PM Modi’s recent visit to Saudi Arabia is all set to bring cheers to the defence industry of India. The oil rich Arab state has decided to collaborate with India in defence sector through newly formed Joint Committee on Defence Cooperation (JCDC). “Saudi Arabia is looking at collaboration with India on defence in terms of procurement and joint production … The talks have been going on for greater defence cooperation and expansion of ties between the two nations for the past six months,” said an Indian official posted in Saudi Arabia.
During Prime Minister Modi’s recent Saudi visit, India signed two memorandum of understanding (MoUs)- ‘Strategic Partnership Council Agreement’ and ‘Agreement on Security Cooperation’ with Saudi Arabia to enhance defence and security cooperation with the Arab country.
Also, the two countries will hold joint naval exercise in Gulf region by 2020. The increasing military cooperation between India and Saudi Arabia will disturb the Pakistani military establishment which has been major defence ally of Riyadh for decades. In fact, former Pakistani Army chief, Raheel Sharif is leading the Saudi campaign against Houthi rebels in Yemen. But the joint naval exercise and Saudi’s stance on Kashmir suggest that Riyadh wants to enhance ties with India.
Saudi Arabia is also interested in buying small arms, military vehicles, and radars from India. Indian companies- Ashok Leyland, Bharat Forge and Ordnance Factory Board (OFB) participated in the recent JCDC meeting to discuss defense exports to United States. “The Saudi have found traction in what India is manufacturing and what they want to buy,” said an official.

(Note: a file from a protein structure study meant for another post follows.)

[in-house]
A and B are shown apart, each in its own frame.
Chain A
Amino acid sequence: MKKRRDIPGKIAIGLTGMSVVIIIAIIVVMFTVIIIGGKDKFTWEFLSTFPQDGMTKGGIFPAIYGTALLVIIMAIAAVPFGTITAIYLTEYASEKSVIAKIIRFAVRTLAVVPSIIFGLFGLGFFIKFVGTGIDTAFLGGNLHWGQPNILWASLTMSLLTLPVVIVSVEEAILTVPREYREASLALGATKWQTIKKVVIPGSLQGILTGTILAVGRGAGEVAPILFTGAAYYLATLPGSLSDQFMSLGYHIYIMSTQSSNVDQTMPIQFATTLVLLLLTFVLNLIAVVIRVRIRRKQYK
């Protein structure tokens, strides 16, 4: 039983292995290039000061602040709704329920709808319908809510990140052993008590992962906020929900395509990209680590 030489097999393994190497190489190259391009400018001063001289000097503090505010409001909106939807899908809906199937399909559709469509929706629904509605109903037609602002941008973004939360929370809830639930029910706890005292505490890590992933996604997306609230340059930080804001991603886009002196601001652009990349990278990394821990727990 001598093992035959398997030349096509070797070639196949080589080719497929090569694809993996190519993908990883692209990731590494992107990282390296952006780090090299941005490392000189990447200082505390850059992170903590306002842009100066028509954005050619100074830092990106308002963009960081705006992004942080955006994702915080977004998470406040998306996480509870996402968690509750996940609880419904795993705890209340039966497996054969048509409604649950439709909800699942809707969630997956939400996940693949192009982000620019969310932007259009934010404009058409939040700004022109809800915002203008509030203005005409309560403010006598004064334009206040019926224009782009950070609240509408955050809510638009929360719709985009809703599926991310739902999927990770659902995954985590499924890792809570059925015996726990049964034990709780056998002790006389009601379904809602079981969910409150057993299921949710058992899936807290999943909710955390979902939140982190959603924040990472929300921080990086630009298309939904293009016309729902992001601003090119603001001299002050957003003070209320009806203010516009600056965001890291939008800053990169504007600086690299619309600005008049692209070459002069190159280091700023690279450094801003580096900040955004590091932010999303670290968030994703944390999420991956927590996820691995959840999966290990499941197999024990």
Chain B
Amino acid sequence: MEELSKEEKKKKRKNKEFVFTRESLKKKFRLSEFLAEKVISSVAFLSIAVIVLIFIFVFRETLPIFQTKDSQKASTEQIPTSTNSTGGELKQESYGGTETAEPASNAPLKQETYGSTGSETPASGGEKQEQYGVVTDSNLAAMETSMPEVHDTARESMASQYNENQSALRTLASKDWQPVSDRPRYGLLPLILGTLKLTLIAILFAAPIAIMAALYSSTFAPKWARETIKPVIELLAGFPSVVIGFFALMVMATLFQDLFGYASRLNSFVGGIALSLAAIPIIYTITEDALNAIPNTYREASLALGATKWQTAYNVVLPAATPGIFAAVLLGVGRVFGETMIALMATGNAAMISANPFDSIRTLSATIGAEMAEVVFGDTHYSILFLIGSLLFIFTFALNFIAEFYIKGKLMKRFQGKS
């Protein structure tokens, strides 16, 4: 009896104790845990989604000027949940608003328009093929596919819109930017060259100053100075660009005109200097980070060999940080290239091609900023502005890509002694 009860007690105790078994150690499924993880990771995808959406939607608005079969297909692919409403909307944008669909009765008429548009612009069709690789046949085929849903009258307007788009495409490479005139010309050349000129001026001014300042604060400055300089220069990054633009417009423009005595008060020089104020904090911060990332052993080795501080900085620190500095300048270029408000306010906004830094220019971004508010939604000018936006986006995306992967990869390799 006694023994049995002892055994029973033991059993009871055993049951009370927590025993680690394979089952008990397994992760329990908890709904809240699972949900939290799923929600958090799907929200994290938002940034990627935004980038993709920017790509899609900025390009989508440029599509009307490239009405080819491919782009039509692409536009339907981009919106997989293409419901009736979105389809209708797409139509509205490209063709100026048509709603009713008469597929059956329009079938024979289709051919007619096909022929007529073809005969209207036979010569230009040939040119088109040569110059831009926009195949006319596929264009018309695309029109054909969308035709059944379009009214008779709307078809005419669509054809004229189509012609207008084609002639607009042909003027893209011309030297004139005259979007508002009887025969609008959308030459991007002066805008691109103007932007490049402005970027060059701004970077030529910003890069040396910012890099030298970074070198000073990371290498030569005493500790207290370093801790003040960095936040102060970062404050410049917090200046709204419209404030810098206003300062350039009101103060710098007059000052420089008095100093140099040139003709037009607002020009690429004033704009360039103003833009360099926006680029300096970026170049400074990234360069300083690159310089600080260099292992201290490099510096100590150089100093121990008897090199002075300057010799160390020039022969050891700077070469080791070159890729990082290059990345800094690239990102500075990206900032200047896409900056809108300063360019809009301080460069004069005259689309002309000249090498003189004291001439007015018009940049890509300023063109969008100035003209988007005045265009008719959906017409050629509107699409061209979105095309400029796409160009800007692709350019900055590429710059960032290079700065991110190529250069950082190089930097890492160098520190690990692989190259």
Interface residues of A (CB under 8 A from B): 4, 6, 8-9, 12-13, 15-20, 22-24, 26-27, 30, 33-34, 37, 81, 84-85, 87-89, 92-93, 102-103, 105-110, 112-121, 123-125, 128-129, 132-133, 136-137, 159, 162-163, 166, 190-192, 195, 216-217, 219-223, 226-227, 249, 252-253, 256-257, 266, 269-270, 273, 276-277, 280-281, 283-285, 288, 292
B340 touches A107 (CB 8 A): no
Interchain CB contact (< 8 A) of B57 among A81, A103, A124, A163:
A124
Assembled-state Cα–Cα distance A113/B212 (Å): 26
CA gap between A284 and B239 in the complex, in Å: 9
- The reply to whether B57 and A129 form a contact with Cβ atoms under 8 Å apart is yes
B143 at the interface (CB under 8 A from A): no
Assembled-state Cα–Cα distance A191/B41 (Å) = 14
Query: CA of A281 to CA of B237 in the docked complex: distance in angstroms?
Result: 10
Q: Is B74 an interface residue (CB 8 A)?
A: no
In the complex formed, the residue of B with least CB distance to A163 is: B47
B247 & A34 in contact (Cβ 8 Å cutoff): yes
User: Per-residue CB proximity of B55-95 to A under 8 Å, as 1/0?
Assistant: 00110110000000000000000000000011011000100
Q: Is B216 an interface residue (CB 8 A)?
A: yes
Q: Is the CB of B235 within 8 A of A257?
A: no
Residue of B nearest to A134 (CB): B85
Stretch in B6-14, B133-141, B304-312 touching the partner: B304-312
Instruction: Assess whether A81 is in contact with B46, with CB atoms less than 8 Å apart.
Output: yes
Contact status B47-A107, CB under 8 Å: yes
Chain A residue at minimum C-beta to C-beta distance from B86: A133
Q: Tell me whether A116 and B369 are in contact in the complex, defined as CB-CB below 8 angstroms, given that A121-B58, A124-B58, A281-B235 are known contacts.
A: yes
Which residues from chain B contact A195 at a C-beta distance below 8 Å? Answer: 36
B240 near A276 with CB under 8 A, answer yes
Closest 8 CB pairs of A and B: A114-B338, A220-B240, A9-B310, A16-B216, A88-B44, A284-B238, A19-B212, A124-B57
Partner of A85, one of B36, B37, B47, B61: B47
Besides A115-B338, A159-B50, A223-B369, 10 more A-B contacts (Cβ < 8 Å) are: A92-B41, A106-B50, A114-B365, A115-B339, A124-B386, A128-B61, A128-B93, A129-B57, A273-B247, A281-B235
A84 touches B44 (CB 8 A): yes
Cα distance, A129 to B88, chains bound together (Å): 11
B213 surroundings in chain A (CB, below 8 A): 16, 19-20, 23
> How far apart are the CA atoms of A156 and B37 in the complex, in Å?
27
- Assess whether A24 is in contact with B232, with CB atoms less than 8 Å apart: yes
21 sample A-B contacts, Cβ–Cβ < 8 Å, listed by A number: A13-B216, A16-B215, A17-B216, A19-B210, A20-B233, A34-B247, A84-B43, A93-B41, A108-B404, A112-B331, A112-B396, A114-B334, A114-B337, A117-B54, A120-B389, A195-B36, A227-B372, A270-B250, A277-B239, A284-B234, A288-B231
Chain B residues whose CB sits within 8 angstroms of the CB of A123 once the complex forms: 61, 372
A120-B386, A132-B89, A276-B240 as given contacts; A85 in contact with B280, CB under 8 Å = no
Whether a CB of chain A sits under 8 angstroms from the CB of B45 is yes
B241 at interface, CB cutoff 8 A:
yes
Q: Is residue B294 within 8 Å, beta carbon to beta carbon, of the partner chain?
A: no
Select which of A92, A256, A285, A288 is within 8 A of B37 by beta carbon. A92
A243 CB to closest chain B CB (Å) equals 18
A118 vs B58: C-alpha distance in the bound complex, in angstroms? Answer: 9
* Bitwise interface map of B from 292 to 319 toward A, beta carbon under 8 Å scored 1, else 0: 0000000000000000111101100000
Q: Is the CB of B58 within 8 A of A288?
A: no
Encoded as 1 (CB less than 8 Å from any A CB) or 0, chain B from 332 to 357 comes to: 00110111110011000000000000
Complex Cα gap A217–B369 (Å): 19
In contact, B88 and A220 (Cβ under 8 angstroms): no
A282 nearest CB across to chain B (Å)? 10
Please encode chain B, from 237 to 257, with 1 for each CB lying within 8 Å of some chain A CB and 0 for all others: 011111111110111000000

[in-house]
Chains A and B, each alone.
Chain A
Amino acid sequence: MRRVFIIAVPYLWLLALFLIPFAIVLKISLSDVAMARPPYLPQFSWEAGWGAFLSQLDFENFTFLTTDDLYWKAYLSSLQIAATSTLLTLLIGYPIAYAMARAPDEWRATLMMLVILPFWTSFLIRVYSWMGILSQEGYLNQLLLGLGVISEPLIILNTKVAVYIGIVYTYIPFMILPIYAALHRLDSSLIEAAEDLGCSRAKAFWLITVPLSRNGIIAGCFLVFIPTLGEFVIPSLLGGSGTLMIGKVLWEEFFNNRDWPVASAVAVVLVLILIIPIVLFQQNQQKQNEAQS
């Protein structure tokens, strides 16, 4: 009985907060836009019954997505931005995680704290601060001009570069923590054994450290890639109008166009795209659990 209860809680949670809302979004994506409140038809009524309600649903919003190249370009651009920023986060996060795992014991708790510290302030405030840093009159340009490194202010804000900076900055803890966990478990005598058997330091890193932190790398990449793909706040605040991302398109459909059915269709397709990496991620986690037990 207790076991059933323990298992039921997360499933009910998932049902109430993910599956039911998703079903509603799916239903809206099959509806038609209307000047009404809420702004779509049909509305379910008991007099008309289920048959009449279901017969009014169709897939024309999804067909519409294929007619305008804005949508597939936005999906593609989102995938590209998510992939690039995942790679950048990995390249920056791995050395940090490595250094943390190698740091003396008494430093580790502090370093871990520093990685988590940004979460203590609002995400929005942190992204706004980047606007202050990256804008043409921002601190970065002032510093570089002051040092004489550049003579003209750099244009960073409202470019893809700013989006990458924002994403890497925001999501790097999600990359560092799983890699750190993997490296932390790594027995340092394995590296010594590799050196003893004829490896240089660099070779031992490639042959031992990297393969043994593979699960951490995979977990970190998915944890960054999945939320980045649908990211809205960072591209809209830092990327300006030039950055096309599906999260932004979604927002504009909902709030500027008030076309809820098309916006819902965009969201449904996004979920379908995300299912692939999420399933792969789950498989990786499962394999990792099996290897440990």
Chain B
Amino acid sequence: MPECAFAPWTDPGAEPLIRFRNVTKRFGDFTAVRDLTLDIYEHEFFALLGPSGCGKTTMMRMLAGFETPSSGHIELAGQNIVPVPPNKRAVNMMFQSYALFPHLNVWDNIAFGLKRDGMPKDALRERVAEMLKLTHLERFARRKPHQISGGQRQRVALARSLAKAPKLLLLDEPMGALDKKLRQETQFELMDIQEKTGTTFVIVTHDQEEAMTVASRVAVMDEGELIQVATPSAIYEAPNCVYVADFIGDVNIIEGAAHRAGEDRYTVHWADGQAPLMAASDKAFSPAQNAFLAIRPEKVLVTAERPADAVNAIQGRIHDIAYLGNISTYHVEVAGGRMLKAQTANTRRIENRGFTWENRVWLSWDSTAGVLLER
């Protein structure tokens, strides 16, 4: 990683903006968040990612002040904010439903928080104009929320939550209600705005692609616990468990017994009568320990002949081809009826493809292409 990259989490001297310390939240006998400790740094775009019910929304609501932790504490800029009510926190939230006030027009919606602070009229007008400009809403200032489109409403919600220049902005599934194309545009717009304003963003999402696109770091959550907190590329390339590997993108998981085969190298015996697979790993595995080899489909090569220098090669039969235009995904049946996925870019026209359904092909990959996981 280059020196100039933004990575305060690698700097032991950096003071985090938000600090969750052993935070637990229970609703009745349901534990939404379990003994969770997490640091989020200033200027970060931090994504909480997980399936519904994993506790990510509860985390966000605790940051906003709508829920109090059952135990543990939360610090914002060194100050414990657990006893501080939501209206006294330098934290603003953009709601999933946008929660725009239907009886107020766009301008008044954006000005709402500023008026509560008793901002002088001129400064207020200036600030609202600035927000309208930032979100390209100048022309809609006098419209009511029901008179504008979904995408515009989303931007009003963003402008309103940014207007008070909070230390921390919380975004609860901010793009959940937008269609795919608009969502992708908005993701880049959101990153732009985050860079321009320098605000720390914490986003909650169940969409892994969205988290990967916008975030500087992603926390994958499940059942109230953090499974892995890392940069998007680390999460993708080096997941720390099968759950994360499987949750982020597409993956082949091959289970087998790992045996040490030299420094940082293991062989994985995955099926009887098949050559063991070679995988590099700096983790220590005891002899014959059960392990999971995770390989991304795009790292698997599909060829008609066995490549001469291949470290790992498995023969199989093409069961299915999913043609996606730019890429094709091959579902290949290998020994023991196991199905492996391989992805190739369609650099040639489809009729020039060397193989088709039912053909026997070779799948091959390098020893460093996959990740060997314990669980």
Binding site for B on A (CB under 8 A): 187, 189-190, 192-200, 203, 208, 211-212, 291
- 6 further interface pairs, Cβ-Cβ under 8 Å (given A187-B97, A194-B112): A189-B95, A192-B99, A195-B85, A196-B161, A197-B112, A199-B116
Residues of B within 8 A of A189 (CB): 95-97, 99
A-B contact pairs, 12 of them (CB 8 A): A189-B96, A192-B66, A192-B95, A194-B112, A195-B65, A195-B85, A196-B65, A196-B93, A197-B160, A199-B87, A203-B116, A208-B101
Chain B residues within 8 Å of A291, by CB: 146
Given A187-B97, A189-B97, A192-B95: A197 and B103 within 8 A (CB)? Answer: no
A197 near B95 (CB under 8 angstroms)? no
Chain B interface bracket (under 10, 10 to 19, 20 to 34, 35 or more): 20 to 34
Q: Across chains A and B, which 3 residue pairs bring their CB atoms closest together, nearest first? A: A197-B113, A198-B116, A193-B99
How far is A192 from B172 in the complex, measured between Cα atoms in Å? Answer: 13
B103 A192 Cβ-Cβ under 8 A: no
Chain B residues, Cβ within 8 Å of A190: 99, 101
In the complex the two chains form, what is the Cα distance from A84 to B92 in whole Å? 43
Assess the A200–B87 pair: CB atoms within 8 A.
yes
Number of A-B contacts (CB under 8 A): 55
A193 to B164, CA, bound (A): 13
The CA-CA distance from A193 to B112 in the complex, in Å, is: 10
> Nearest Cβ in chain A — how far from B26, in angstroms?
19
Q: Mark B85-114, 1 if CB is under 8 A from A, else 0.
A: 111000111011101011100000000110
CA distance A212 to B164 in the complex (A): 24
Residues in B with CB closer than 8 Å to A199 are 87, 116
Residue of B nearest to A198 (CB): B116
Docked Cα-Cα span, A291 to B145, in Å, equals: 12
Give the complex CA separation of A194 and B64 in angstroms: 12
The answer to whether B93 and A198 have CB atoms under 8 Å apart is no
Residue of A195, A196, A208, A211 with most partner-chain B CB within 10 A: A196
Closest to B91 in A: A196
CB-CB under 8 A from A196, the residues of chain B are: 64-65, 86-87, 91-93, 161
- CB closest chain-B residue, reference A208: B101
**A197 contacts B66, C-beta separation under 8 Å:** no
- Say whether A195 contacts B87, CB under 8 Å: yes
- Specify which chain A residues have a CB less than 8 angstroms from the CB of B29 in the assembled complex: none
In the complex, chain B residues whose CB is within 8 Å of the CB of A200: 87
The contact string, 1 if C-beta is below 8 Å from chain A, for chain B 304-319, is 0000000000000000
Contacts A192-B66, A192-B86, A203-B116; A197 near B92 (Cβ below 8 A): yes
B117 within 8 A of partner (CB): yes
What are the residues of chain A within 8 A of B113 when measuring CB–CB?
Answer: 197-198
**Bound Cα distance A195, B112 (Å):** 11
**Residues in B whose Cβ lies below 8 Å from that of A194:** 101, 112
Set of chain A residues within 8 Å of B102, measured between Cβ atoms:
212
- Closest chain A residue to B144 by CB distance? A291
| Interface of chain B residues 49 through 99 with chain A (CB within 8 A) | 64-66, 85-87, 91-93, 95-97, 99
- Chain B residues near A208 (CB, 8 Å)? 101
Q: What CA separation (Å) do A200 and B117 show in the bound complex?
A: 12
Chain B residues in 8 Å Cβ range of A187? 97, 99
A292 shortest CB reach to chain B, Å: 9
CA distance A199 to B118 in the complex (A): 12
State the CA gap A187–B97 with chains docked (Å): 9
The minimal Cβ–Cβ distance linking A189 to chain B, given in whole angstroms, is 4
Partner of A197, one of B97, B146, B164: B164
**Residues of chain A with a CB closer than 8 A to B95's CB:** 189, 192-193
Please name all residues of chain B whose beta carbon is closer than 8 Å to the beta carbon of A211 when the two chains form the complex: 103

Saudi Arabia is the world’s largest arms importer and access to its market would immensely help India’s nascent arms industry. As of now, India is the world’s second largest arms importer after Saudi Arabia. According to a report published by Stockholm International Peace Research Institute (SIPRI), “India was the world’s second-largest importer of major arms in 2014–18 and accounted for 9.5% of the global total.” Defence imports sucked a large chunk of India’s foreign exchange and were responsible for severer stress on public finances of the central government.
Modi government wants to make India self-sufficient in defence industry. In the last few years, it has aggressively pushed for Make in India in the defence sector; the government liberalized FDI norms and opened the sector to private players in order to increase competition.
Benefitting from government’s Make in India policy, the country is set to exceed the target of 35,000 crore rupees export target of defence products. “I expect the exports will surpass the target of Rs 35,000 crore by 2024-25,” said Defence Production Department Secretary Ajay Kumar.
The defence exports were only 1,500 crore rupees in 2016-17 and 4,500 crore rupees in 2017-18, surpassed 10,000 crore rupees in 2018-19 and expected to cross 20,000 crore rupees in 2019-20. The exponential growth in the defence sector is due to the government’s encouragement of defence manufacturing under Make in India.
In this budget, 50,000 dollars were allotted to promote export of defence products manufactured in India. Defence attaches (a military expert who is attached to a diplomatic mission) across the world have been asked to submit a detailed action plan to promote Indian defence exports in their respective countries. The countries are categorized as A, B, C according to the prospect for exports and the attaches will get money as per this categorization.
The DPP-2018 aims to invest adequate sources to develop critical technology for manufacturing state-of-the-art military platforms including fighter jets, attack helicopters and weaponry indigenously. According to the draft policy, the government is looking at achieving a turnover of Rs 1.7 trillion (Rs 1, 70,000 crores) in military goods and services by 2025.
The draft aims to raise FDI cap in niche tech to 74 percent. A higher FDI in the sector will boost local manufacturing and catapult India into the league of nations housing top defence and aerospace industries. The policy aims to make India one of the top five manufacturers of defence platforms with the active participation of public and private sectors.